Thursday, January 8, 2009

Maternity leave is over; let the daycare begin!


Several of my friends are returning to work after maternity leave so I thought I'd put together a few thoughts on child care do's and don't's for the daycare newby. This applies to the infant room - older classes have their own set of do's and don't's.

1. Do label everything. Get a laundry marker and sharpies and make sure clothes, blankets, bottles, pacifiers, and snuggly toys are all clearly marked with baby's last name. If the bottles have more than one piece to them, mark all the pieces. Everything you take to daycare will likely get rinsed, washed and washed again (probably with bleach), so make sure your markers are waterproof.

2. Don't fancy-up the baby. Leave all of those cute blue jeans, overalls, sweater vests and bow ties at home. Take it from me, it just makes it more difficult for the daycare ladies to change, feed and rock your baby. Dress him comfortably, preferably in jammies with a zipper. None of those multiple-snap-up-the-leg jobs, or even onesies with pants. Simple is key. (I found out months later that Jack Henry's teachers would get him out of his adorable multi-piece outfits every day after I left, dressed him in zippered jammies and then re-dressed him right before I came to pick him up. poor ladies! I wondered how he always came home spotless!)

3. Do ask questions if you are concerned. Feel free to call and check on the baby later in the day if you continue to have fears. You are more than entitled to do that. Inquire about his day, what he did, how he slept, his temperature or whatever might be concerning you. It's your baby. ASK.

4. Don't bring in toys. A few blankets and a special stuffed animal is plenty. Age appropriate toys are provided. By the way, Jack Henry still sleeps with the same blanket and lamby he had in the infant room, and he's in the pre-school class now.

5. Do stash extra clothes in his cubby. Wet jammies are always a possibility at this stage of the game. However, our teachers check numerous times a day, so random wet-throughs were rare.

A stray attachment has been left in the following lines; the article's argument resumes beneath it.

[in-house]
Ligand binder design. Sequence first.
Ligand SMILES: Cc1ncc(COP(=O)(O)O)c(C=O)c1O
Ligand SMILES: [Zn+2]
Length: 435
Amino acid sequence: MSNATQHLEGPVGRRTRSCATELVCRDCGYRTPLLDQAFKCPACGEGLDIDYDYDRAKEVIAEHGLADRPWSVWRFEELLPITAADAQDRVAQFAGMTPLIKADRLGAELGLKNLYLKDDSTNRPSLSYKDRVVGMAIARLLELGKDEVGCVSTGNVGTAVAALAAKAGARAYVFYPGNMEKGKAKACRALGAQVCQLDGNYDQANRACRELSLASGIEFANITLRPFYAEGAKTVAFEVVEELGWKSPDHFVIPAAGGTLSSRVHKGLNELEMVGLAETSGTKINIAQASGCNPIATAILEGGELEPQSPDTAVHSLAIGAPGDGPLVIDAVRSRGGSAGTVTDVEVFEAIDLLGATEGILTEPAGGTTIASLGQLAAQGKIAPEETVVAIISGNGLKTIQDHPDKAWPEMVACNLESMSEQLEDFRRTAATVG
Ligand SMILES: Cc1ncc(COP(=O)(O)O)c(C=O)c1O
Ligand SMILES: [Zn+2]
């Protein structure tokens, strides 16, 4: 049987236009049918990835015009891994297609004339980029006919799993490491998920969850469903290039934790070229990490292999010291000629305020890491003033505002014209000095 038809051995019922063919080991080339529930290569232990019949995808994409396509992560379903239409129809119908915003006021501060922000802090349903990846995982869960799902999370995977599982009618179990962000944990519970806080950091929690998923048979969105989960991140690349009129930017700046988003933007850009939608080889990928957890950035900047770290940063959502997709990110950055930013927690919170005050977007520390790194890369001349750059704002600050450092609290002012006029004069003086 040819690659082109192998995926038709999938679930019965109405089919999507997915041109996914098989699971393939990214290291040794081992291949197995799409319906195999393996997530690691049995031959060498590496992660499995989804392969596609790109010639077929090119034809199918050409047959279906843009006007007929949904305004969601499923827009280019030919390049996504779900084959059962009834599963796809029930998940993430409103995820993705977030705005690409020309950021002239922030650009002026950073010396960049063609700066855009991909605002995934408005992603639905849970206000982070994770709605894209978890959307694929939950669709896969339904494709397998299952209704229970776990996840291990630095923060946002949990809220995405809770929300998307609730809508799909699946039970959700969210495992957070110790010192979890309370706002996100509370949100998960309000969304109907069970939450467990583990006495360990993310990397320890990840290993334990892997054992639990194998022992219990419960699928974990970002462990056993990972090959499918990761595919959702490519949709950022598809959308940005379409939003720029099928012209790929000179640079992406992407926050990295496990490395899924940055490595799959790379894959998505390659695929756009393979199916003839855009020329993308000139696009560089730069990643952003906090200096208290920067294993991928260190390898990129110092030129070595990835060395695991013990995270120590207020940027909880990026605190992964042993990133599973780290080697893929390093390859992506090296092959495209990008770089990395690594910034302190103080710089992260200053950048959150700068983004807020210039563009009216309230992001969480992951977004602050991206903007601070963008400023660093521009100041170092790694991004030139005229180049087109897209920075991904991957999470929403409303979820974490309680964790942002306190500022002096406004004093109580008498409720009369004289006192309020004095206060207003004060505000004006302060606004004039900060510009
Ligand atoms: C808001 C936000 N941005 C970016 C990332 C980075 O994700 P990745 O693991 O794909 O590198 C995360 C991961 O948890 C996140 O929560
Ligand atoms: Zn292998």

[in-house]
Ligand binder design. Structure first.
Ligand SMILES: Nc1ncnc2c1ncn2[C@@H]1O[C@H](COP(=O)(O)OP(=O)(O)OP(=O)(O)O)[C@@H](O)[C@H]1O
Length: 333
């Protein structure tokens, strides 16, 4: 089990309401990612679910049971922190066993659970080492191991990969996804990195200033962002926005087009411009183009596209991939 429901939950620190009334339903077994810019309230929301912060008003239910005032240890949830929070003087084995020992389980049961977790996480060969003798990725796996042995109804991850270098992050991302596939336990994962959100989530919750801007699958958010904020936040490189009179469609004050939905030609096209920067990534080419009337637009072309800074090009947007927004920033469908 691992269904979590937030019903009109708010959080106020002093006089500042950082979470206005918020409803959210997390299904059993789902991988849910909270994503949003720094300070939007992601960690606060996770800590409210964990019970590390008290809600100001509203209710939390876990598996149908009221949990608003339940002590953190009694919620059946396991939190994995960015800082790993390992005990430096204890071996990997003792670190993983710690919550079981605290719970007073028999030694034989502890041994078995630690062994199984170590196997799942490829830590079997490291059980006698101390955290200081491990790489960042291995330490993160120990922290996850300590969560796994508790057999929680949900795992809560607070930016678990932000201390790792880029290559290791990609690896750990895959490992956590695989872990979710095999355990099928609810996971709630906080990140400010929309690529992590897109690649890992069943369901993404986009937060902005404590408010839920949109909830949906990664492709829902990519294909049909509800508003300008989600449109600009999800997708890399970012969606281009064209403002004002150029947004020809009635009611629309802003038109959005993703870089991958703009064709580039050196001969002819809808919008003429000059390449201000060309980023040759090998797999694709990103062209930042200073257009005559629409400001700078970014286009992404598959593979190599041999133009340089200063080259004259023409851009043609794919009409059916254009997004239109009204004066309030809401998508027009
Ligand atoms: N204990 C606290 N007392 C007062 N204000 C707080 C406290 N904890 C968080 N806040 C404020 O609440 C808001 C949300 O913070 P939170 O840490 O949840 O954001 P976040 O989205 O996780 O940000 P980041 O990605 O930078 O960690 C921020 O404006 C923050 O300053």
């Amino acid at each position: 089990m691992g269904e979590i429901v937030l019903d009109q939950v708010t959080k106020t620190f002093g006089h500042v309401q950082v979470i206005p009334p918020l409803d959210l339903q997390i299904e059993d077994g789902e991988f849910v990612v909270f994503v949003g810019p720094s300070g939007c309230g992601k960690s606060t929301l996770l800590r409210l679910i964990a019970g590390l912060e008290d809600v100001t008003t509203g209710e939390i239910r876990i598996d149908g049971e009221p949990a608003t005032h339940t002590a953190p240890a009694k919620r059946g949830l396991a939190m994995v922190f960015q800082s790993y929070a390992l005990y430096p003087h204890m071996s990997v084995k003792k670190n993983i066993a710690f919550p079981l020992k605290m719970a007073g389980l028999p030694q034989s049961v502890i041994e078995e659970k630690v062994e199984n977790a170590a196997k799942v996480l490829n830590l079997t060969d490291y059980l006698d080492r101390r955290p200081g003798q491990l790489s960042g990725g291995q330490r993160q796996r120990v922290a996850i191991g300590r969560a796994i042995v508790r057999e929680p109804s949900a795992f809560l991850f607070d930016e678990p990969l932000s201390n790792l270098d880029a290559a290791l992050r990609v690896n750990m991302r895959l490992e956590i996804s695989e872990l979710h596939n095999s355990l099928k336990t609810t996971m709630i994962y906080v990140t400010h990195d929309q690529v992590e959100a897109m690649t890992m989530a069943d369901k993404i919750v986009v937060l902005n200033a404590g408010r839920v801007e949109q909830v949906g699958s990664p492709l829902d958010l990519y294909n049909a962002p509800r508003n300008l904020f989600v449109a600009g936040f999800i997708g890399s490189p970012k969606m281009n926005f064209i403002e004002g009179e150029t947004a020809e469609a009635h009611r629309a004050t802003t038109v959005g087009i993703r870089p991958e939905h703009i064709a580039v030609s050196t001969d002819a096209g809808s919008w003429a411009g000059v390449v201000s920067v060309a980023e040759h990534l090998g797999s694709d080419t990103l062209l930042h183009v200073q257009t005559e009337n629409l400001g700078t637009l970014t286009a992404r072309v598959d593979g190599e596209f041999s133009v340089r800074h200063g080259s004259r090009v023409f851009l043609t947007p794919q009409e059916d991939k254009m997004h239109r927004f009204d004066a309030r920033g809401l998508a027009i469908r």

6. Don't bring in a sick baby. If he has a fever, dosing him with Tylenol right before drop off is a big no-no.

7. Do let your teacher know if he seems hot, slept fitfully the night before or seems allergic to something. This is important info for them to have.

8. Don't run out of diapers and formula. Stock your car trunk, so when he runs out, you can just dash to your car to get it. That works for home, too. Having a good supply on hand is a lifesaver. If you're extra nice, you'll write your baby's name or initials on all the diapers before you drop them off. That way, when they stash them in the "diaper closet" it will be clear they're his.

9. Do get to know the other moms. These women can be (and for me, definitely WERE) a total lifeline during my "new mom" phase (and still are). The moms of the other babies in the class are going through the same thing you are and need your support too. Schedule a time once a month to get together for lunch. It will be the best thing you can do for yourself as a new mom.

10. Don't be ashamed to cry. It's tough leaving your baby. But these ladies are professionals and will become like family to you. They'll be glad to give you a hug or an understanding word whenever you need it. So rest easy, it only gets easier!

Pictured here is Jack Henry at 6 months, photographed by the amazing Daniel Dubois.

2 comments:

Jessica said...

Ok, I am just catching up on your posts. It's be hectic. This is great! I tried to do all the do's but I am sure I have a lot to learn. Dropping him off was not too awful today. I got there very early and fed him most of his first bottle since he was asleep until I had to leave the house. So that helped. I hope he will be ok. the ladies seem great so I know he is in good hands. I spent yesterday ironing his name on everything. I am sure this will become routine, eventually, right? And oh my gosh, Jack Henry was and is too adorable!

Jessica said...

I have some extra advice. Drop in to the daycare unexpectedly and if you are looking for daycares.................they want you to make an appointment, but I would make a surprise visit as well. I worked in daycares, pretty much only liked one of the many I worked at.

I always liked being a nanny, but some families can't afford them so I suggest looking into sharing a nanny. The salary for having a nanny depends greatly on how many children, the ages, and the responsibilities. My advice is you have a nanny (please dont make them do your chores.........just things that involve the children................the children's laundry, YES! Your laundry along with your undies.........A BIG NO NO!!! It is awkward and embarrassing!

Make a list of positives and negatives for nanny and daycare. :) I LOVED BEING A NANNY! I am ready to be a mommy after 10 years of nannying!

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